Social media platforms should post warning labels, similar to those now used on cigarette packs, for teenagers who are increasingly suffering from mental health issues that are partly tied to the apps, U.S. Surgeon General Vivek Murthy said Monday in an opinion piece in the New York Times. “It is time to require a surgeon general’s warning label on social media platforms, stating that social media is associated with significant mental health harms for adolescents,” Murthy wrote. The push would be similar to the warnings printed on cigarette packages, which Murthy noted have shown to “increase awareness and change behavior.” However, adding warning labels to social media platforms would require Congress to pass legislation, he noted. 

Meta, the parent company of Facebook and Instagram, didn’t immediately respond to a request for comment. Murthy has previously stressed the potential harms that teenagers encounter from social media platforms, pushing last year for stronger guidelines for children and teens amid growing research that indicates the apps pose what he described at the time as a “profound risk” to young people’s mental health. On Monday, Murthy noted that warning labels alone wouldn’t make the platforms safe for kids and said that creating safety measures “remain the priority.”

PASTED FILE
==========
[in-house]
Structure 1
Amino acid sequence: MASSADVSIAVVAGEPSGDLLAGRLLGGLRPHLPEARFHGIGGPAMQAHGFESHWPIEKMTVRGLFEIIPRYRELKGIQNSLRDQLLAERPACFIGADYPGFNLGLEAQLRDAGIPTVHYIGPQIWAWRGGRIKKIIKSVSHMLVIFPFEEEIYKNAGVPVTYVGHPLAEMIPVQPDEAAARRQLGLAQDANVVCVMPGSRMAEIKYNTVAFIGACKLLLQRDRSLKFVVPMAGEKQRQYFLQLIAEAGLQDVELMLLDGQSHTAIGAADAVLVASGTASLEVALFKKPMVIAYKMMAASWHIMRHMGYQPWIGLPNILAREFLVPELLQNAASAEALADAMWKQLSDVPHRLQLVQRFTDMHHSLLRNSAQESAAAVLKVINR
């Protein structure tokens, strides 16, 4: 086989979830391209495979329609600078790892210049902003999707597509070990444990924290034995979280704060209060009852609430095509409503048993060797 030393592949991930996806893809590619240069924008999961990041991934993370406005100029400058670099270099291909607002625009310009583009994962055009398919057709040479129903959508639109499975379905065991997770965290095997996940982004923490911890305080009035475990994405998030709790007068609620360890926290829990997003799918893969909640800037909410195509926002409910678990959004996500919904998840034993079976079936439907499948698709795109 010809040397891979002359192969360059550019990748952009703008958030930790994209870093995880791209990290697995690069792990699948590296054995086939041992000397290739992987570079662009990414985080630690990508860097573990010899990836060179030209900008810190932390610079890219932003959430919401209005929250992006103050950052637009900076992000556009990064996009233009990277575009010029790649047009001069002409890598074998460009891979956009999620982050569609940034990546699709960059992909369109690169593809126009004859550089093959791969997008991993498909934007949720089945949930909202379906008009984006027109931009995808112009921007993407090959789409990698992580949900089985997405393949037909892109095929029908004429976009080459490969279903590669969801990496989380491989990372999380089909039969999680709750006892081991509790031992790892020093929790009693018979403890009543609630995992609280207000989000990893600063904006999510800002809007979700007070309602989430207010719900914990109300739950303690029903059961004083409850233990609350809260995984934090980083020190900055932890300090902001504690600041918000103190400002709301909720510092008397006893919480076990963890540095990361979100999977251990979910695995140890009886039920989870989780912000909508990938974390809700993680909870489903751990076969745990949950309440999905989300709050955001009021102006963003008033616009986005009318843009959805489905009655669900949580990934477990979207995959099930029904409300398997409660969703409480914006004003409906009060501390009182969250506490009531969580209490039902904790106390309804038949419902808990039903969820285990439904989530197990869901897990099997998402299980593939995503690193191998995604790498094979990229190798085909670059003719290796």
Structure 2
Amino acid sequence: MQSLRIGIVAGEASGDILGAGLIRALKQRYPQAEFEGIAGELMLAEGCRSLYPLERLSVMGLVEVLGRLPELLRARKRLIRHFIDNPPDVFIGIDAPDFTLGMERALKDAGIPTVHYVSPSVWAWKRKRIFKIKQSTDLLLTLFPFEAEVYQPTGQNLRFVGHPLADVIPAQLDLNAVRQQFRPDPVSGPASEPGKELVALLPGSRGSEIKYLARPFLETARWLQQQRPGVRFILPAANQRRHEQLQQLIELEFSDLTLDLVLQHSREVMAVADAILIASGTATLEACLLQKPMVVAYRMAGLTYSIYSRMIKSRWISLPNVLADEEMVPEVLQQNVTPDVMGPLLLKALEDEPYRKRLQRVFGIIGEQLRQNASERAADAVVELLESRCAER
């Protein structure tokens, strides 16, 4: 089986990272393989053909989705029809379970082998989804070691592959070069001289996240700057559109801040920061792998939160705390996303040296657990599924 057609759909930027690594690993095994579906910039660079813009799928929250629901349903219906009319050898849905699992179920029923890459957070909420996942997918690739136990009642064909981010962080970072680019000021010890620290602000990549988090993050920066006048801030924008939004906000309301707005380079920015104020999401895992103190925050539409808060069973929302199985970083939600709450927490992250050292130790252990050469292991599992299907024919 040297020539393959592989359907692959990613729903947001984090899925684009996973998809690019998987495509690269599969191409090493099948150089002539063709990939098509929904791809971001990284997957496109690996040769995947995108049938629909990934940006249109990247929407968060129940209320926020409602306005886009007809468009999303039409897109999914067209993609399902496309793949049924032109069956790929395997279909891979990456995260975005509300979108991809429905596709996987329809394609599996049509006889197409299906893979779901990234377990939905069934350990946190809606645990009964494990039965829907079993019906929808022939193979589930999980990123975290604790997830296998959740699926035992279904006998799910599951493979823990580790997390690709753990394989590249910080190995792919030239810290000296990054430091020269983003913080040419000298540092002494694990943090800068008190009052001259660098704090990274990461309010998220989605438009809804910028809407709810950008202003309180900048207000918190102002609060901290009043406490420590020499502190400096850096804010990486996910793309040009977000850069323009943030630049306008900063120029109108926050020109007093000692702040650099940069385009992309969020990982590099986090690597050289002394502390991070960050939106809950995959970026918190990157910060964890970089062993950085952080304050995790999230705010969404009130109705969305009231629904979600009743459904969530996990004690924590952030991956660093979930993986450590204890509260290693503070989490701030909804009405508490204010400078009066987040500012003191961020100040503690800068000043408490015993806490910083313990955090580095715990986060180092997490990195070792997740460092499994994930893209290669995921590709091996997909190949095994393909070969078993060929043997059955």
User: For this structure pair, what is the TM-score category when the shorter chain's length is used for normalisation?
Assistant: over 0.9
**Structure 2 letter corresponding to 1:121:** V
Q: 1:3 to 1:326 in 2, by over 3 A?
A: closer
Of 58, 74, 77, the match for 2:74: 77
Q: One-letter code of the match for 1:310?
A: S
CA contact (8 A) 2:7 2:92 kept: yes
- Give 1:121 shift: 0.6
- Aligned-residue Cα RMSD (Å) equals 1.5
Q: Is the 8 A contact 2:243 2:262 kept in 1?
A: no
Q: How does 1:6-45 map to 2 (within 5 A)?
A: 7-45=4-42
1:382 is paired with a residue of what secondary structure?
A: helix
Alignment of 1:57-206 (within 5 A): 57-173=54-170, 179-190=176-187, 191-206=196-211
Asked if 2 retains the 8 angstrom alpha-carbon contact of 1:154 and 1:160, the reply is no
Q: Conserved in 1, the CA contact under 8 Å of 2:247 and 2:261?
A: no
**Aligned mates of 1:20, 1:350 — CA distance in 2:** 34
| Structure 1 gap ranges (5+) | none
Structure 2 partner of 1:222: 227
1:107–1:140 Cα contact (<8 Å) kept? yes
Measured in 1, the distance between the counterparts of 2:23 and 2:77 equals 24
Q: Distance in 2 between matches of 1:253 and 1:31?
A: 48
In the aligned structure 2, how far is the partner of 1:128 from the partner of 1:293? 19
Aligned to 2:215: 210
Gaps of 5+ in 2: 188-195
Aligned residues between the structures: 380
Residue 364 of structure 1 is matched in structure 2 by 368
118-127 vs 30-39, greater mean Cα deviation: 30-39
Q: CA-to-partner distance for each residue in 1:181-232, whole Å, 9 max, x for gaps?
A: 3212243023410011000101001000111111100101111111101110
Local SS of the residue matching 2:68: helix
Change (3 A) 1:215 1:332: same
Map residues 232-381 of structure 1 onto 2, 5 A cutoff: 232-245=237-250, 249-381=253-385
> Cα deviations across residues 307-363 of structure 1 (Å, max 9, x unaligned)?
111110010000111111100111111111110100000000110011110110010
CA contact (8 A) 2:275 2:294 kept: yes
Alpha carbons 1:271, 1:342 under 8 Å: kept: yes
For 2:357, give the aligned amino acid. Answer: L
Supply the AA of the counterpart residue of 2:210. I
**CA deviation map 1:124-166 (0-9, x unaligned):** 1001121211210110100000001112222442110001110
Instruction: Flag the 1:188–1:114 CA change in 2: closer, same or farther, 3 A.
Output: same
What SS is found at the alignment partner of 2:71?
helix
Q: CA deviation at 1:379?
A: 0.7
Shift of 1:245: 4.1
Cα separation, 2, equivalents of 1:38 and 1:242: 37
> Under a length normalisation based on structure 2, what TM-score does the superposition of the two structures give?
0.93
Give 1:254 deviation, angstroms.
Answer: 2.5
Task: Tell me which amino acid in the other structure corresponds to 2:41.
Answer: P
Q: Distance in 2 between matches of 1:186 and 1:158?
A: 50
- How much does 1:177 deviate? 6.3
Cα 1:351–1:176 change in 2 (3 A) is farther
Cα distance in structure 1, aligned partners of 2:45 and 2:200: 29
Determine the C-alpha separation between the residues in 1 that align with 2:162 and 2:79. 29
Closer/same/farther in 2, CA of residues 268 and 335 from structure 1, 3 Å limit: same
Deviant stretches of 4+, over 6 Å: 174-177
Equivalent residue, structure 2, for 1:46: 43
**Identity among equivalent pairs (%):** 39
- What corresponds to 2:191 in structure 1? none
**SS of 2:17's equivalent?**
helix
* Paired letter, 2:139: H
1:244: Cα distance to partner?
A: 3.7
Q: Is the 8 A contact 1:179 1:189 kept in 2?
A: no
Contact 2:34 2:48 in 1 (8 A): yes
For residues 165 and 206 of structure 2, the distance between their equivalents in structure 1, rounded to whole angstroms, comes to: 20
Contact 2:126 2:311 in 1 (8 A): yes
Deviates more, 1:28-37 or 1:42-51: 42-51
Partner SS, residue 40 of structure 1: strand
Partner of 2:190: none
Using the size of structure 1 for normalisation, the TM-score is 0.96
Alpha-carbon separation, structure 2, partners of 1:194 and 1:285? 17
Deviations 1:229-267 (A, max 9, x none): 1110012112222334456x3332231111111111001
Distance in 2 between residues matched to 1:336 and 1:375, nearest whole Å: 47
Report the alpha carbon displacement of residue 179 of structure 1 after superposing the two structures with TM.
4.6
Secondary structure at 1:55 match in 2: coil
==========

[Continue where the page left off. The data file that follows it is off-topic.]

Congress also needs to implement legislation that will protect young people from online harassment, abuse and exploitation and from exposure to extreme violence and sexual content, he wrote.”The measures should prevent platforms from collecting sensitive data from children and should restrict the use of features like push notifications, autoplay and infinite scroll, which prey on developing brains and contribute to excessive use,” Murthy said.The surgeon general is also recommending that companies be required to share all their data on health effects with independent scientists and the public — which they currently don’t do — and allow independent safety audits.Murthy said schools and parents also need to participate in providing phone-free times and that doctors, nurses and other clinicians should help guide families toward safer practices.

—With reporting by the Associated Press. 

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Aimee Picchi

Aimee Picchi is the associate managing editor for CBS MoneyWatch, where she covers business and personal finance. She previously worked at Bloomberg News and has written for national news outlets including USA Today and Consumer Reports.